Thursday, June 15, 2006

Roosting Robins


© 2006 Mike McDowell

As an early riser, a very early riser, I'm usually awake as the birdsong from our neighborhood American Robins reaches its morning peak – there must be literally thousands of them throughout the village of Waunakee. They are often the first birds to initiate the morning choir of birdsong and the last birds heard as dusk falls. Mornings provide one type of experience, but evenings offer another far more entertaining. No matter how often witnessed, there's no decrease in my fascination and enjoyment of watching robins go to roost. It can be as relaxing as it is hilarious, but when it comes to birds I'm pretty easy to please.

June is the best month for observing roosting robins...calm evenings with clear skies are best. Hopefully there aren't too many mosquitoes out. I'll take my seat on the front steps in preparation for the evening ritual. At twilight, a few robins appear at the periphery of our yard, slowly converging toward the center beneath our maple trees. A few moments pass, then even more birds appear seemingly out of nowhere – dim light makes it difficult to detect their inbound landings. Eventually the yard is dotted with twenty or thirty robins as fireflies begin to meander through the dampening air.

By this time most of the robins have switched from their melodious song to gentler durp-durp-durp-durp calls, though a few birds off in the distance continue full song. Then like clockwork, each bird makes the short flight from the ground up to a tree branch in one of our maples. It's bedtime and their vocalizations further decrease in volume as the sleepy birds settle in for the night...chur-chur-chur-chur...durp-durp-durp-durp. DEEP-DEEP!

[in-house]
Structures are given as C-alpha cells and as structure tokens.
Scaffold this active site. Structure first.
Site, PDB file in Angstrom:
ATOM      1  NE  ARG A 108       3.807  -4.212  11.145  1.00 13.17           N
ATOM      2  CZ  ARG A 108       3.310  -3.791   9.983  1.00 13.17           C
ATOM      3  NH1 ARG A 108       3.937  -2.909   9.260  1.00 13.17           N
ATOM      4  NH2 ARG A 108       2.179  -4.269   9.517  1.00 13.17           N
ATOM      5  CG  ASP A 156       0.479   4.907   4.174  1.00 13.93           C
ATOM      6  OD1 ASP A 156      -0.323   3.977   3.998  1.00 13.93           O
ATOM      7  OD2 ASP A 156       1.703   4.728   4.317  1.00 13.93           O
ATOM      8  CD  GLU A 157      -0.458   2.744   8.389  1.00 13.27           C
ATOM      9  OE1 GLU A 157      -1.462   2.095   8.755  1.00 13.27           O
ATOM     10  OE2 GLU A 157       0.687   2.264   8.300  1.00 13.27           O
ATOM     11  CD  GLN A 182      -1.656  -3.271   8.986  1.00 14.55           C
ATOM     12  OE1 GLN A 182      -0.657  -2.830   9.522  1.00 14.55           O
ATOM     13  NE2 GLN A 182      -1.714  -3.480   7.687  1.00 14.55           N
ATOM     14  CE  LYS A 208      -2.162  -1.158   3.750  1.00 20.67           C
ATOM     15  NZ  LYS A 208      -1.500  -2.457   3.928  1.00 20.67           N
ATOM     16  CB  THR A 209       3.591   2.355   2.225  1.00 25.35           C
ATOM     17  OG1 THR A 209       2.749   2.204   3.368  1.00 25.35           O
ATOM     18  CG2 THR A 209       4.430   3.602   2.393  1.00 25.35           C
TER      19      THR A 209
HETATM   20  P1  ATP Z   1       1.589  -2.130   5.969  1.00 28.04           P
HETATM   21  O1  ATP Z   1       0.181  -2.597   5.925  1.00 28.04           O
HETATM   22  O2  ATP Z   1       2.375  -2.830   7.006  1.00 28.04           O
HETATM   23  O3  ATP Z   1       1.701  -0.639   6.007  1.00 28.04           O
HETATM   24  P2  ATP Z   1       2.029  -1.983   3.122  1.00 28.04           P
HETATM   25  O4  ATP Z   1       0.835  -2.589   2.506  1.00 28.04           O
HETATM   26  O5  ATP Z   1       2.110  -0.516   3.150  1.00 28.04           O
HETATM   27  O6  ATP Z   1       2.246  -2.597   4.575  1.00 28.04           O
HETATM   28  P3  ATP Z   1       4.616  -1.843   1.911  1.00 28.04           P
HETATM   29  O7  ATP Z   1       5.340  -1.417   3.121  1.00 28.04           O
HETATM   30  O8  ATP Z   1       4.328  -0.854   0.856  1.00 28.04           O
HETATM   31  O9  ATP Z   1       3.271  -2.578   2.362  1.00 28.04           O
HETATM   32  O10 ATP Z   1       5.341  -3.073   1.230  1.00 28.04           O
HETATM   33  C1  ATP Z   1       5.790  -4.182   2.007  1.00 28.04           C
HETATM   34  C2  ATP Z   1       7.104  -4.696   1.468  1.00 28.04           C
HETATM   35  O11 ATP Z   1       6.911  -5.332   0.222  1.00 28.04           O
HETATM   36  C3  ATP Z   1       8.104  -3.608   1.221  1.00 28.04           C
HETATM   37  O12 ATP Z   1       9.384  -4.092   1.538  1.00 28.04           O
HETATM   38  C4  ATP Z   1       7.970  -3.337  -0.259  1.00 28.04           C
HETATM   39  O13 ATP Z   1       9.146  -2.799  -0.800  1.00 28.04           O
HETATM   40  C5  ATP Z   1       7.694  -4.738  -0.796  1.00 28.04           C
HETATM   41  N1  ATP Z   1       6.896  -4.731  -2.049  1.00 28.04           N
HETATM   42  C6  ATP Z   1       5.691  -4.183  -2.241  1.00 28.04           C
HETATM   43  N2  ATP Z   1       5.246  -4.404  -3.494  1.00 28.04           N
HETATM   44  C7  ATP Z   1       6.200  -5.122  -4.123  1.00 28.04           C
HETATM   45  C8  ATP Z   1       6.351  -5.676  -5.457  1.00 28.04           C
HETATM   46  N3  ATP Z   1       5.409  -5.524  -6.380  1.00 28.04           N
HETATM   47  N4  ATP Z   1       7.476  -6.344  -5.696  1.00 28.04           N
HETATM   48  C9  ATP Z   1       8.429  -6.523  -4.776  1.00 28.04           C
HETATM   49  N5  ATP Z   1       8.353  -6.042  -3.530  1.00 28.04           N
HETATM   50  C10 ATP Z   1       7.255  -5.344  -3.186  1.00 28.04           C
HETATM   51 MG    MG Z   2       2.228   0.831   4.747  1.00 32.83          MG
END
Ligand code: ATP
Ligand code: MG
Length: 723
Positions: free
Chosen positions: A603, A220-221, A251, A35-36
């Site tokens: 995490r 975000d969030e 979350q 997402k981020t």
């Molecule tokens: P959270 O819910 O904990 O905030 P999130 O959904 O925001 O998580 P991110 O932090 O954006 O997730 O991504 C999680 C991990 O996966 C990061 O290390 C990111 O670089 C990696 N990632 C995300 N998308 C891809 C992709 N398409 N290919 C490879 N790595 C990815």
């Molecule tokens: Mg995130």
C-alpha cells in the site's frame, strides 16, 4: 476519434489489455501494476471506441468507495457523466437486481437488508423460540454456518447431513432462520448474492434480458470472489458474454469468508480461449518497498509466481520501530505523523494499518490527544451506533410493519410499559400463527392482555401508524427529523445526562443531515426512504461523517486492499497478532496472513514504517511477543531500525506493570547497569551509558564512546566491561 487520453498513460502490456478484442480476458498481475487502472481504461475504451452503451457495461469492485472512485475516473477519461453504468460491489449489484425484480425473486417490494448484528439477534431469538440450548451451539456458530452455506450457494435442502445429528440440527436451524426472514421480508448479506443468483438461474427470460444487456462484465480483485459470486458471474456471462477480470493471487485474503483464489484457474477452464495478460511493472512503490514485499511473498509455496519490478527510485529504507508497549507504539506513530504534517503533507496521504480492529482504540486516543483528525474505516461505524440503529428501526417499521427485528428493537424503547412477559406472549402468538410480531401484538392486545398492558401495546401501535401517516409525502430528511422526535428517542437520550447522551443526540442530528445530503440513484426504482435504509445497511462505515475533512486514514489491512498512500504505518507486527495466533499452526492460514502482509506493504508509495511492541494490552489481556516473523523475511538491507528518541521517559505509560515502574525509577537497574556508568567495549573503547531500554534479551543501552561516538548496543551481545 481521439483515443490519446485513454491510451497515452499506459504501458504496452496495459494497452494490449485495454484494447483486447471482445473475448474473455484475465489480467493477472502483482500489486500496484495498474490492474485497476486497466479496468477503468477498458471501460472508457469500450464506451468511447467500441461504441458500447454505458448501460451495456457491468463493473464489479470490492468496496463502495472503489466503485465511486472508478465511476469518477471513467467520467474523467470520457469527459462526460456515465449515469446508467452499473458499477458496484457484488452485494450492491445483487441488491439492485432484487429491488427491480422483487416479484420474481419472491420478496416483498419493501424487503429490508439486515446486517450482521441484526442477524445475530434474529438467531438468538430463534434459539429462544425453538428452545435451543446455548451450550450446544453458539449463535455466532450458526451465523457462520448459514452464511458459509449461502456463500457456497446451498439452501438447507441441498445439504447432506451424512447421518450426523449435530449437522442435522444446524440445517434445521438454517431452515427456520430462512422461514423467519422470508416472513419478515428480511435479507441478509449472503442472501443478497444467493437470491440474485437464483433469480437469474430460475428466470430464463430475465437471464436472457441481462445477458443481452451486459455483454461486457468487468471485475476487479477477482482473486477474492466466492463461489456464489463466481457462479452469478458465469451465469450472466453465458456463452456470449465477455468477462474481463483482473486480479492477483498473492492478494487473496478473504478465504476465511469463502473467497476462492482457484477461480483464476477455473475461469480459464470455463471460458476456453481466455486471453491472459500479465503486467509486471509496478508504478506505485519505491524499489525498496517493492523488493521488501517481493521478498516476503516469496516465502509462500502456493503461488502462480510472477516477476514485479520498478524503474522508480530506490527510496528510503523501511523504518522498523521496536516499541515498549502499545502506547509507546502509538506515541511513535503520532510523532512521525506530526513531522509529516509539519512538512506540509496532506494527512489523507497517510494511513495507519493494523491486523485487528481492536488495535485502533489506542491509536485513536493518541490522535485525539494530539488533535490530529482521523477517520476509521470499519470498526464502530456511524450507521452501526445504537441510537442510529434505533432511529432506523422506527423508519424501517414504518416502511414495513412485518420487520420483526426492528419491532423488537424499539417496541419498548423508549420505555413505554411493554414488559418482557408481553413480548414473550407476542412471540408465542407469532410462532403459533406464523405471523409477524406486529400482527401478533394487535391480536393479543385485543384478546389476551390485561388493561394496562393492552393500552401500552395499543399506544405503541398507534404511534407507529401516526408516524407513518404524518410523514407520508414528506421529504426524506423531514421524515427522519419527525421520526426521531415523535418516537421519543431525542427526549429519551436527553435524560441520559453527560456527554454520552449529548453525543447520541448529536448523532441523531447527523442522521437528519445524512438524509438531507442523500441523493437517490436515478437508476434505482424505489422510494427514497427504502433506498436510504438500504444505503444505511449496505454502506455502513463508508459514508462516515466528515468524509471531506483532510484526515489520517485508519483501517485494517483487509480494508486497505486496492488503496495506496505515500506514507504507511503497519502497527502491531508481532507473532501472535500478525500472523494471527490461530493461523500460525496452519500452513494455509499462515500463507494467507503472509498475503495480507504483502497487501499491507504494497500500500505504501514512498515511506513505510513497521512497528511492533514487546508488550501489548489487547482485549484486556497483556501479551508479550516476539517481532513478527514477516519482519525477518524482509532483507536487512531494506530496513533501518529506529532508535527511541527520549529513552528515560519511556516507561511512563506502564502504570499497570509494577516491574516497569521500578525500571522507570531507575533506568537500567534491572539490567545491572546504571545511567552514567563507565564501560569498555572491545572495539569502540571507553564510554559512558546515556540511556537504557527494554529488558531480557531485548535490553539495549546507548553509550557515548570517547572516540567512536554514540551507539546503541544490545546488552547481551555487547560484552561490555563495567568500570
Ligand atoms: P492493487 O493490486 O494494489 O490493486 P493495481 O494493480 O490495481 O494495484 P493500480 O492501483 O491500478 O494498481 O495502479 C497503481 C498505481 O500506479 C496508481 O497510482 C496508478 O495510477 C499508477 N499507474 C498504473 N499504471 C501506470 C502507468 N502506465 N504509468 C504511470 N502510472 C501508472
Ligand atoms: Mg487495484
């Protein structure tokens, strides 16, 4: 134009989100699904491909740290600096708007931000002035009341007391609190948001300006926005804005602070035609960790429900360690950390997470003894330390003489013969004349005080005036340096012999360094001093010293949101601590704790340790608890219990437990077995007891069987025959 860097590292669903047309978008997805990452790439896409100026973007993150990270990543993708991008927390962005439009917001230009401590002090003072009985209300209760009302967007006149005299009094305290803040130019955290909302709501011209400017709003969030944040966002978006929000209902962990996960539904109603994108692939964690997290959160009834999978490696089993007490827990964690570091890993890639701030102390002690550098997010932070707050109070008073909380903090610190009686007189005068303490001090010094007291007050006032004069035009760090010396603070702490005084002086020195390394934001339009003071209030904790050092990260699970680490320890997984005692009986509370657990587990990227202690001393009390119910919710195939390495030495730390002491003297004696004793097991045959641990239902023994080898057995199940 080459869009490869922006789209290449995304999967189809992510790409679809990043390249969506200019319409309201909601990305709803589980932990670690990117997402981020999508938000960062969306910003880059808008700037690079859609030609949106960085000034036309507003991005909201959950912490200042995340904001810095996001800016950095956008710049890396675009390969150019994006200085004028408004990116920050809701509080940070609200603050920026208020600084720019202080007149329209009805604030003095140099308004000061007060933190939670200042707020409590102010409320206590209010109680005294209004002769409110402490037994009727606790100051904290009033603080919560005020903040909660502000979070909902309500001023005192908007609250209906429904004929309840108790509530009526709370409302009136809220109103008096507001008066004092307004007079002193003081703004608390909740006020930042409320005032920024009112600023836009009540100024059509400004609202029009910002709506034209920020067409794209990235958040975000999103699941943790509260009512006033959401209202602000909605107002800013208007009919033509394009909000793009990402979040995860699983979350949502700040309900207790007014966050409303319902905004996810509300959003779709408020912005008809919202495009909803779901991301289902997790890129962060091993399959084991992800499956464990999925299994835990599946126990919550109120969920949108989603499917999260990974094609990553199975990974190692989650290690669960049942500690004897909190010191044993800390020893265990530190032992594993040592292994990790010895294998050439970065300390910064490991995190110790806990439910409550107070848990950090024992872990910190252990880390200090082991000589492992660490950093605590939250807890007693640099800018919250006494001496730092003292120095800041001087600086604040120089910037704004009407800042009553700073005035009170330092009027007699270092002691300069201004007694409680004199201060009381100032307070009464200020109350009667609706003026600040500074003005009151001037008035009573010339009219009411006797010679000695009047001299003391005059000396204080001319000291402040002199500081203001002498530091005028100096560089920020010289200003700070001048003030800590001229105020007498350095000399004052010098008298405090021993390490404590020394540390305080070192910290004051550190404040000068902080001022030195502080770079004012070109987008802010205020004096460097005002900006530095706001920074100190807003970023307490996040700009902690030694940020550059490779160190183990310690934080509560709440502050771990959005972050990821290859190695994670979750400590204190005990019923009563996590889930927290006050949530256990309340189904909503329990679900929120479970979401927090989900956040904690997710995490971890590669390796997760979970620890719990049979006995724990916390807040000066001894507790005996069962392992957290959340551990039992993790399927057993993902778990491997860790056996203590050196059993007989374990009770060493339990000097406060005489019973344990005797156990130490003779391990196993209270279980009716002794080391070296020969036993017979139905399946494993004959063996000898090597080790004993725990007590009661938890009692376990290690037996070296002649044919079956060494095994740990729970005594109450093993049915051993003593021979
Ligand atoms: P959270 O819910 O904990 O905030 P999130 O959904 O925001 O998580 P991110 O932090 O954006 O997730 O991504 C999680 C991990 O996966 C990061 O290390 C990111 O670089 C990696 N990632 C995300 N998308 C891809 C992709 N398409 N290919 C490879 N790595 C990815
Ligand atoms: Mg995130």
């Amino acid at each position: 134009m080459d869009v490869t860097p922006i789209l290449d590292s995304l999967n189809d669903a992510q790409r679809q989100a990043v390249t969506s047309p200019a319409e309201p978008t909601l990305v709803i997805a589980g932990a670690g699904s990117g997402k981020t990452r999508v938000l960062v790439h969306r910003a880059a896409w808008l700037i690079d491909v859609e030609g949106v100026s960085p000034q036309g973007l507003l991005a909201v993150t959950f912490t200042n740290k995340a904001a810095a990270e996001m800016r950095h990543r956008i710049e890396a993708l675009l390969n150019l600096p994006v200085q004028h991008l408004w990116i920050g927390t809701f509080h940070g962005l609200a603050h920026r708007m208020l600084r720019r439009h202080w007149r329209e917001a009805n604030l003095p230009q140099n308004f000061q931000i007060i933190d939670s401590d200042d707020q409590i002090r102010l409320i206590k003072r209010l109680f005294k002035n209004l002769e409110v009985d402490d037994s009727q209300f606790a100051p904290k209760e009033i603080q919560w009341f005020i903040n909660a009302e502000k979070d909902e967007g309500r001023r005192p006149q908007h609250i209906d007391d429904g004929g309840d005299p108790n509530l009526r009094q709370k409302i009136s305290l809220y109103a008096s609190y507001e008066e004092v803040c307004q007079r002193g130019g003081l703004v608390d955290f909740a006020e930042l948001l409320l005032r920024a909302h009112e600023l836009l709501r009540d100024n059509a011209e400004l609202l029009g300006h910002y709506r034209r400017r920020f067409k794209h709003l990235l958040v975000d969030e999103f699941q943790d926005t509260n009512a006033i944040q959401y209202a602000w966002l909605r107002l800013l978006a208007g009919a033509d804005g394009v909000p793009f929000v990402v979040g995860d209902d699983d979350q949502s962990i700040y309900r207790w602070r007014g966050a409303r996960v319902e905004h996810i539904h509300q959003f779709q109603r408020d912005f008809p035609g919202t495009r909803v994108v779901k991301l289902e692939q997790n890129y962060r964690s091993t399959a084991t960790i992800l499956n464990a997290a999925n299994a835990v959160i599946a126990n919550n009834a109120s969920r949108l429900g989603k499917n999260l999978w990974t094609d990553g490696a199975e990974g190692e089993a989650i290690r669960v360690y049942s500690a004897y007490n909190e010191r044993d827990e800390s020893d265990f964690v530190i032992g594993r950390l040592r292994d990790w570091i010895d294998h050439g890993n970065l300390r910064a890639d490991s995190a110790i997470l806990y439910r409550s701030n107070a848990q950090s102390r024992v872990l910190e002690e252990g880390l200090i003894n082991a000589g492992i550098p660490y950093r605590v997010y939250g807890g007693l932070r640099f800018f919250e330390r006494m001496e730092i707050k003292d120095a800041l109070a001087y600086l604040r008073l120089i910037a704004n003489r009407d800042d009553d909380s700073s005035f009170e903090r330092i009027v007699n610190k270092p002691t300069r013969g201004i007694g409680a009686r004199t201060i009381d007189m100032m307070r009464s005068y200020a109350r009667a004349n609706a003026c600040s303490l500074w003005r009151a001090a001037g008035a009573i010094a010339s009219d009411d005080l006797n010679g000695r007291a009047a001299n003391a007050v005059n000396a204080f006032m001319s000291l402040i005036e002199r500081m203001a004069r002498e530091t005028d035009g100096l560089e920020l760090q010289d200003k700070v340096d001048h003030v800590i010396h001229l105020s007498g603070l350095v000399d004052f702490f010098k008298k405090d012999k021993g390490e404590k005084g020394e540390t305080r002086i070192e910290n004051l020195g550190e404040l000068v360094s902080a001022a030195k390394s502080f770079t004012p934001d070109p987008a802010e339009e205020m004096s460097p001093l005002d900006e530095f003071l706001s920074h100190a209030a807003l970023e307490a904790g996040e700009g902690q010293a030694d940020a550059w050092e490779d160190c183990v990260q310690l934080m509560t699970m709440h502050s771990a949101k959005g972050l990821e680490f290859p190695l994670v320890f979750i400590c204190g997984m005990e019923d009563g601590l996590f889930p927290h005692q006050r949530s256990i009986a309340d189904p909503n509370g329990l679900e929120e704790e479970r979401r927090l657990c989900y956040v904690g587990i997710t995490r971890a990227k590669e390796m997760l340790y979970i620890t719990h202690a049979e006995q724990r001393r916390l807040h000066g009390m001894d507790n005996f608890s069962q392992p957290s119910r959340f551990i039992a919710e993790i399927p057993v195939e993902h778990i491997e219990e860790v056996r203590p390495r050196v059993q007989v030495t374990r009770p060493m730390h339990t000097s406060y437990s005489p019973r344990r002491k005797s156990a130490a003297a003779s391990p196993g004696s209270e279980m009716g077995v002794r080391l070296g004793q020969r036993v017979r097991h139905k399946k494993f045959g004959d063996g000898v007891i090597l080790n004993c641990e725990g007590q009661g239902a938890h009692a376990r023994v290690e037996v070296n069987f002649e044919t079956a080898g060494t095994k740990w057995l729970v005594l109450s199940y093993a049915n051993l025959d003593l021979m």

Invariably, an occasional robin will zoom up to the dense canopy only to disturb another bird already at roost. There's a short skirmish and a rapid fire of intensified deep-deep calls. The conflicts are resolved quickly when either the offending bird hops over to claim an unoccupied branch or the other is pushed out.

In a way, I think it would be sort of neat to have a night-vision camera mounted on a branch inside the dense canopy and record their interactions. But the rustling leaves, dipping branches, shifting vocalizations and occasional feathered silhouettes fuels my imagination with a perfect sense of what's going on under that dense, dark canopy of leaves.

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